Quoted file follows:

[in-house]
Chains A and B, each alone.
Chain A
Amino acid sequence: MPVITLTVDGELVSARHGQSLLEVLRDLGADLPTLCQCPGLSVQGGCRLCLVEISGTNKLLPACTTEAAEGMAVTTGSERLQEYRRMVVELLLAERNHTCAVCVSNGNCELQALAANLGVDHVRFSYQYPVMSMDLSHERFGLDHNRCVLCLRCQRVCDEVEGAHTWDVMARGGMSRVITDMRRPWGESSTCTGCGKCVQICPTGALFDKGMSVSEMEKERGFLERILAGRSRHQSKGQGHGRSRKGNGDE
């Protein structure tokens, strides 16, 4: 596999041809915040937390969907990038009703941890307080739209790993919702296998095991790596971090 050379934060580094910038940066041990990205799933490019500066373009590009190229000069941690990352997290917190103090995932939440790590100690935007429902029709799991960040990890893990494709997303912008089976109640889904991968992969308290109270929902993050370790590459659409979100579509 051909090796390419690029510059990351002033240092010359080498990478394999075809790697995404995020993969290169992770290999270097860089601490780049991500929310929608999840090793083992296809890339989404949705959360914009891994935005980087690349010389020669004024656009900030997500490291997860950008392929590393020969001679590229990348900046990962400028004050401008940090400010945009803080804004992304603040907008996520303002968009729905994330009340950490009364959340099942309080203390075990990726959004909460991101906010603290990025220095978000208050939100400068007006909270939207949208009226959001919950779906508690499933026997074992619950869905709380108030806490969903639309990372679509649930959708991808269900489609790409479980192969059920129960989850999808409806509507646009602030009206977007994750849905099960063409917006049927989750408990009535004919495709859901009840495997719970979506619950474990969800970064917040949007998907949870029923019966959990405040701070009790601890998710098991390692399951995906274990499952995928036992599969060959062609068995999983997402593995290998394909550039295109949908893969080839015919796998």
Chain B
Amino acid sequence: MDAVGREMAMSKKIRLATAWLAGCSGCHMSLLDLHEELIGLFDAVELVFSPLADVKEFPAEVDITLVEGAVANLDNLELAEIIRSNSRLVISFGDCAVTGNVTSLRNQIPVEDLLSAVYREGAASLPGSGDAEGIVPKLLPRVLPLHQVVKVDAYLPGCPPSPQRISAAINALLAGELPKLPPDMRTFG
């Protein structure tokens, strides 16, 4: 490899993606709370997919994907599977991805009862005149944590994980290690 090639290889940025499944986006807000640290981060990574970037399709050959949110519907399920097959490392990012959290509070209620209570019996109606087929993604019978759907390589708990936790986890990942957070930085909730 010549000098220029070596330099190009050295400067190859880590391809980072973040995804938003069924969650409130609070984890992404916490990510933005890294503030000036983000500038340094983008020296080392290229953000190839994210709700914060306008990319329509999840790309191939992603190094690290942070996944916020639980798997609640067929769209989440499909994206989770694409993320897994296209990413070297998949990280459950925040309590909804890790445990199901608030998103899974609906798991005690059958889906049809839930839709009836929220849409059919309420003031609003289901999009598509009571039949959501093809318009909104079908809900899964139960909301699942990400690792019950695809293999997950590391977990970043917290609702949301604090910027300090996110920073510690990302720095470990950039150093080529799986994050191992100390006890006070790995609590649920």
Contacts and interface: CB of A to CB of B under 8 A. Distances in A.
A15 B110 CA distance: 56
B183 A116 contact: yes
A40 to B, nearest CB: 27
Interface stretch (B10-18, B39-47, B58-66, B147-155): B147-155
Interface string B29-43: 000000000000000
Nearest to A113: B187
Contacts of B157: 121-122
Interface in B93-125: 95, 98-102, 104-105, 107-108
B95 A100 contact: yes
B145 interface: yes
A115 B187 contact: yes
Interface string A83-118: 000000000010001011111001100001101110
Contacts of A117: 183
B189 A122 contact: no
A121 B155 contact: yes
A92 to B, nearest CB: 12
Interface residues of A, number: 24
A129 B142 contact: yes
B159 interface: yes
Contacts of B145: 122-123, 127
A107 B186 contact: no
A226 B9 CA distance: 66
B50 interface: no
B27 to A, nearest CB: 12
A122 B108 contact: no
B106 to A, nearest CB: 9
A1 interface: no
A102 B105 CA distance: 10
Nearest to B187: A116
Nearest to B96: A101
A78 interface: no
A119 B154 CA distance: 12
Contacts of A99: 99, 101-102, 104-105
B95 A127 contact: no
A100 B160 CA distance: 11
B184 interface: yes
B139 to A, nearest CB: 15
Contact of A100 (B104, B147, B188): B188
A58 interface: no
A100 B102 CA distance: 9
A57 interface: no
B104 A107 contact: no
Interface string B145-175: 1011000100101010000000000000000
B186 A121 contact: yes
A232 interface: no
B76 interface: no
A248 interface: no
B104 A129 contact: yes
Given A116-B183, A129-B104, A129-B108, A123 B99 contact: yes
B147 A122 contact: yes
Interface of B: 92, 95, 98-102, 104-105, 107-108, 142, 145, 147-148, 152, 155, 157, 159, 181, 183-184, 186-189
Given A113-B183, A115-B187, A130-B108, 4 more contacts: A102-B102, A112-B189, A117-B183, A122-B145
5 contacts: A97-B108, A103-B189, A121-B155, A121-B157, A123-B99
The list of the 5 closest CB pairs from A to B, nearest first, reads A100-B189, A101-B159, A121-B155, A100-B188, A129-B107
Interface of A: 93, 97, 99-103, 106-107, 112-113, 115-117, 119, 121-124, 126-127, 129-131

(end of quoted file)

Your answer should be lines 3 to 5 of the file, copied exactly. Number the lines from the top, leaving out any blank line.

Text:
Chain A
Amino acid sequence: MPVITLTVDGELVSARHGQSLLEVLRDLGADLPTLCQCPGLSVQGGCRLCLVEISGTNKLLPACTTEAAEGMAVTTGSERLQEYRRMVVELLLAERNHTCAVCVSNGNCELQALAANLGVDHVRFSYQYPVMSMDLSHERFGLDHNRCVLCLRCQRVCDEVEGAHTWDVMARGGMSRVITDMRRPWGESSTCTGCGKCVQICPTGALFDKGMSVSEMEKERGFLERILAGRSRHQSKGQGHGRSRKGNGDE
């Protein structure tokens, strides 16, 4: 596999041809915040937390969907990038009703941890307080739209790993919702296998095991790596971090 050379934060580094910038940066041990990205799933490019500066373009590009190229000069941690990352997290917190103090995932939440790590100690935007429902029709799991960040990890893990494709997303912008089976109640889904991968992969308290109270929902993050370790590459659409979100579509 051909090796390419690029510059990351002033240092010359080498990478394999075809790697995404995020993969290169992770290999270097860089601490780049991500929310929608999840090793083992296809890339989404949705959360914009891994935005980087690349010389020669004024656009900030997500490291997860950008392929590393020969001679590229990348900046990962400028004050401008940090400010945009803080804004992304603040907008996520303002968009729905994330009340950490009364959340099942309080203390075990990726959004909460991101906010603290990025220095978000208050939100400068007006909270939207949208009226959001919950779906508690499933026997074992619950869905709380108030806490969903639309990372679509649930959708991808269900489609790409479980192969059920129960989850999808409806509507646009602030009206977007994750849905099960063409917006049927989750408990009535004919495709859901009840495997719970979506619950474990969800970064917040949007998907949870029923019966959990405040701070009790601890998710098991390692399951995906274990499952995928036992599969060959062609068995999983997402593995290998394909550039295109949908893969080839015919796998």